I find myself alot of times trying to learn on my own and it does get frustrating Im not sure where to turn or who to speak to. I sumtimes feel that the boarding schools really had an affect on our people , took that pride out of us and now many are ashamed or due to the hurt and pain it is hard to get anyone to speak of it, of course it is understandable but i know what you are saying when it comes to our own people knowing our own traditions and values. Im not gonna give up tho I want so much for my daughters to know our native history and to be very proud of it. All i can do at the moment is share with them what i do know and involve them as much as I can.

                        ~~~ Never look down on anybody unless you're helping them up. ~~~


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                        • #13
                          Originally posted by skaroreh
                          Mato Winyan... that is a *very* good question.

                          In my area, I'm not really finding it to be the case that the native kids aren't being taught. For the most part, their parents and grandparents or aunties and uncles are teaching them what they know. The big problem is with the non-natives who continuously market tourism and teach grade schoolers based on the false notion that the Skarure were just brutal savages who woke up in the middle of the night and decided to slaughter any colonists they could find without regard to gender, age, what have you.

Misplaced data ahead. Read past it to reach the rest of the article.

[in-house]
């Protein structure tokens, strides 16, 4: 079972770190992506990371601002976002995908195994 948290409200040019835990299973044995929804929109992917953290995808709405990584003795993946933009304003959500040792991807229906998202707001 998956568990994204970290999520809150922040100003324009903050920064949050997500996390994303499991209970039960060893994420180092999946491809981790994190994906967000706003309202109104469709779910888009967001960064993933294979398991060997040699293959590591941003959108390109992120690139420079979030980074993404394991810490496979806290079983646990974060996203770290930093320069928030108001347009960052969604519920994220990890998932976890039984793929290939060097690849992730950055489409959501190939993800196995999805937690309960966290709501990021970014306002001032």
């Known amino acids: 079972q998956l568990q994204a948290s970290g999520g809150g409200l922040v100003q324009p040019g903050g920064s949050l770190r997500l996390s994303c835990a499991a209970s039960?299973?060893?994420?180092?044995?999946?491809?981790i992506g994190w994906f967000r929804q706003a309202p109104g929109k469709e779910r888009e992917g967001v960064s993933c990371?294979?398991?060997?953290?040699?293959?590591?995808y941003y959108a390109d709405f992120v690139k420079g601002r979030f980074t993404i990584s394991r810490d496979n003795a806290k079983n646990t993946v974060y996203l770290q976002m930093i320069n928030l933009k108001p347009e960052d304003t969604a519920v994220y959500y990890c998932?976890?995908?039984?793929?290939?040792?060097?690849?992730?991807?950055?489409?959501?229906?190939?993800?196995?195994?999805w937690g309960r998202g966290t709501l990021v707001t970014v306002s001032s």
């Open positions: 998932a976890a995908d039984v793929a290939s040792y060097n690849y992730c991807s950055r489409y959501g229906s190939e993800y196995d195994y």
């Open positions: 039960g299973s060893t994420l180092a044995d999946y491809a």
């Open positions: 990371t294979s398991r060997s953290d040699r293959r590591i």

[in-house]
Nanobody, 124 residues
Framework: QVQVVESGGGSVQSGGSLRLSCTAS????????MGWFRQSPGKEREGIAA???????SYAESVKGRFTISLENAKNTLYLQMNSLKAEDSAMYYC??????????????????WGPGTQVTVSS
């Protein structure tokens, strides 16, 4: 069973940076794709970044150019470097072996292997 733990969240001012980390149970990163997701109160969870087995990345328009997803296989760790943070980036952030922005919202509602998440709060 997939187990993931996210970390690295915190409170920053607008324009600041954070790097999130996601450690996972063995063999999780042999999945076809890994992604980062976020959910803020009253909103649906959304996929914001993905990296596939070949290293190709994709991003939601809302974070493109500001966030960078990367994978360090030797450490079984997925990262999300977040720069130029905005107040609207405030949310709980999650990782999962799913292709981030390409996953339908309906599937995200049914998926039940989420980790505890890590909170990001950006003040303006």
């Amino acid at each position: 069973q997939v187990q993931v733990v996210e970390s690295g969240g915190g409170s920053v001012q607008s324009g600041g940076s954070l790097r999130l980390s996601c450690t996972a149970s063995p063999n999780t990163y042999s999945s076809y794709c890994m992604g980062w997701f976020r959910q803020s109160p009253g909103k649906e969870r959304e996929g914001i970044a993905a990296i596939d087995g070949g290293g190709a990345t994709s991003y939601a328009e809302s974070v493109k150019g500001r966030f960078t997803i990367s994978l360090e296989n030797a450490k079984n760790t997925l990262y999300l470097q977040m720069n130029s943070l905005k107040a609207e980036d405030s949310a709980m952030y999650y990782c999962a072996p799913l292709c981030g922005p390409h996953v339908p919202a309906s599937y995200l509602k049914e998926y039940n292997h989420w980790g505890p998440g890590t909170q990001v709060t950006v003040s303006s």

You ask most NON natives in this state about the Tuscarora, and that's what they'll tell you. Either that, or they'll say they don't know anything about us.

                          I have to hand it to the elders in the various Tuscarora communities around this state... they are working their BUTTS off to make sure that the kids today learn more than they grew up with themselves.

                          We don't have a situation here in NC where all or most Tuscarora are living on a reservation or in just one community. We don't take our history or our culture or our language for granted. We're all working very hard to preserve what we know and get answers in the areas that we're not fully knowlegeable about. I'm not saying all kids know everything there is to know, but I do know the adults are doing our part to try to teach them what we can.

                          You make such a good point, though, because I know people from other nations-- particularly in other states and especially from reservation settings-- where the kids grow up taking for granted that they have access to knowledge about their history, culture, language... pretty much all the time. They assume that access is going to be there and don't think about the fact that the carriers of the knowledge are mortal and they will pass on one day. The point is, will those youth take the time to learn before it's too late?
                          I've been marinating on this for awhile because while it sounds great on the surface, but something just did not rest well with me. I've realized that what you say are generalizations and are vague at best. Such as....... "in my area"...."most non-natives of the state" . I do not speak for anyone other than myself because that is what I am responsible ....my accountability, for me to do otherwise is foolish and arrogant.